It sounds like Steven Weber kind of brought you in. Is there anyone that you brought in?
Is there? Yeah, maybe [ER actor] Noah Wyle. We did A Few Good Men together. He was a very, very young actor. This is 30 years ago, the movie came out. It was, I guess, his first big thing. He has one scene in the film. I made him feel like he belonged, according to him. So we go back a way.
I’d love to hear more about the holiday dinner a few days ago.
We’ve been gathering more and more at Craig’s in L.A. We had been changing it up every month, and then we really settled into Craig’s, which was very Christmas-themed. Some of the guys brought Christmas gifts. [Will & Grace star] Eric McCormack’s wife had made CADS coffee mugs for everybody. Spencer made hats that some of us are wearing [in the] pictures you may have seen. And he also made a copy of a photo of [A Serious Man and Inside Out actor] Richard Kind’s face that he put in front of everyone’s placemat at the table for a laugh.
I thought I noticed some kind of headshot in one of the pictures. Why Richard Kind?
Because he’s affable and so good-natured and sweet. But at the same time, he’s the one that everyone loves to, as the British would say, take the piss—tease them a little bit. But in a flattering way. When he arrived, we all held it up to our face.
And he sort of embodies character actor, in a lot of ways.
Oh boy, yes.
What did you guys talk about at dinner?
Well, a lot of the stories that we’re sharing with each other are private in the sense that they’re from the trenches of work, which, out of context, I’m not sure would mean much to anyone. We’re talking about this director, we’re talking about that cinematographer. We’re not really coming down on anyone or venting. They’ll want to know, “Kevin, what was it like to work with Scorsese?” Or I want to know what Bryan Cranston was thinking during the last day of work on Breaking Bad, you know; certain things that maybe we’ve individually been asked a lot by strangers, but when you’re asked by someone in a similar walk of this business, there’s a sense of sharing that comes with a sense of pride, as opposed to, “Oh, I’m answering this question for the 1,000th time.” It means a little more when someone you respect and admire wants to know what this moment of your work was like.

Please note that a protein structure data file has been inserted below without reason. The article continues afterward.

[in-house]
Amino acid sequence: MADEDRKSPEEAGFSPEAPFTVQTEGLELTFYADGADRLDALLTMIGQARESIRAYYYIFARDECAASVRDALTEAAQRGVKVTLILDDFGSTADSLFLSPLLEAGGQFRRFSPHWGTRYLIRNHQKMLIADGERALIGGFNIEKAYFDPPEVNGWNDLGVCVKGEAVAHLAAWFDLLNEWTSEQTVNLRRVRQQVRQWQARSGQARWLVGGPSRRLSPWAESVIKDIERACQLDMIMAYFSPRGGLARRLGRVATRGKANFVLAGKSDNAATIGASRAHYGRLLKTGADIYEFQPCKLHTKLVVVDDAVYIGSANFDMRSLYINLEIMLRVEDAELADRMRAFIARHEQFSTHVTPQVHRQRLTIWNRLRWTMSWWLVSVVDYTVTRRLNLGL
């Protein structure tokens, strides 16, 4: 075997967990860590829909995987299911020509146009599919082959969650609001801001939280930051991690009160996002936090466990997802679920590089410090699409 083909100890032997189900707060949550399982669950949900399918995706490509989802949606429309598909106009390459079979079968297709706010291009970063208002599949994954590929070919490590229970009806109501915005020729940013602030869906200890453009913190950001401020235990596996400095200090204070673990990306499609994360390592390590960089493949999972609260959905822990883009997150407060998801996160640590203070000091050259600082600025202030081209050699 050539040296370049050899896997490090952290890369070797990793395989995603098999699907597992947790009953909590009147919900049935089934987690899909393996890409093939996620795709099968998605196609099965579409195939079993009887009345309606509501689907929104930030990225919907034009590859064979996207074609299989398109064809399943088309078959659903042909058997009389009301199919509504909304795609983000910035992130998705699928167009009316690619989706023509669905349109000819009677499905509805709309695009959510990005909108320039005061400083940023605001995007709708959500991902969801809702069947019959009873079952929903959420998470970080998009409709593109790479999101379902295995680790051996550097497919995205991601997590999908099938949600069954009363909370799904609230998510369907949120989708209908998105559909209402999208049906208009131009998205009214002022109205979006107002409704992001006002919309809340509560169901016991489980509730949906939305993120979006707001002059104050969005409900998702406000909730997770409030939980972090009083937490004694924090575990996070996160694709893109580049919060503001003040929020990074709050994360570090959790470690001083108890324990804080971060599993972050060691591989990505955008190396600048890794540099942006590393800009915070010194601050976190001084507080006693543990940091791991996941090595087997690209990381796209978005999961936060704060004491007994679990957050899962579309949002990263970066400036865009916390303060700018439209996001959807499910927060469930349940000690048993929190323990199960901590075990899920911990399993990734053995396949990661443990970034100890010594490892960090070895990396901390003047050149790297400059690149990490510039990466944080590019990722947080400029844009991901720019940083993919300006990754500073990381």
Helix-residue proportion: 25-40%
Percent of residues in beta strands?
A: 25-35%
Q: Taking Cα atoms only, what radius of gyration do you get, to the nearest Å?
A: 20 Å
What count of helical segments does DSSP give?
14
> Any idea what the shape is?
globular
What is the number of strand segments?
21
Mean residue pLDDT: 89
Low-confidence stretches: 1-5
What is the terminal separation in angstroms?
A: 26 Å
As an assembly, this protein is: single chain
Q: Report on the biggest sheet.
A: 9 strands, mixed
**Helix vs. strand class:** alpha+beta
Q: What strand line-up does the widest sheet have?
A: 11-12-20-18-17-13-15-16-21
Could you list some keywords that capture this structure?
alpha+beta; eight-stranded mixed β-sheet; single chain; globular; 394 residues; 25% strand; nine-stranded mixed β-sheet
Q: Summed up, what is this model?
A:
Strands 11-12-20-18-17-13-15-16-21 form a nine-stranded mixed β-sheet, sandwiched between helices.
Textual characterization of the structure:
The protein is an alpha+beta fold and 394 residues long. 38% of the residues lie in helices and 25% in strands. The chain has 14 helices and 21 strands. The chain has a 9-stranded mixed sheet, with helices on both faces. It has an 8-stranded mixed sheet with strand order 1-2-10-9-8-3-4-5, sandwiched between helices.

One unofficial requirement might be being a real Hollywood veteran.
Yes, for the most part, that’s absolutely true. There are no youngbloods. Noah Wyle would be the youngster.
With someone like Bryan Cranston, he’s obviously become so famous, but does “Once a character actor, always a character actor” kind of apply?
Well, that’s just it: A character actor is really an actor who does great character work, and character work can reach a so-called movie star in terms of the kind of work they want to do. So, for example, George Clooney is an exceptionally gifted actor, but a lot of his performances are very George Clooney. Whereas Brad Pitt is constantly doing weird characters, and even Leo [DiCaprio], too, they’re making very specific choices that are 180 degrees from their own personality. They don’t use their own charm and personality very often. Jeff Bridges is one of my favorite actors over the last 40 years. And there are times where he was a very sexy leading man—The Fabulous Baker Boys—but also just, you know, The Big Lebowski, the strange bizarro character. So in terms of what a character actor as a title or category really means to us, it’s an actor who does great character work and has a very wide range, as opposed to someone who does small supporting roles. I think that might be the misnomer about the term character actor.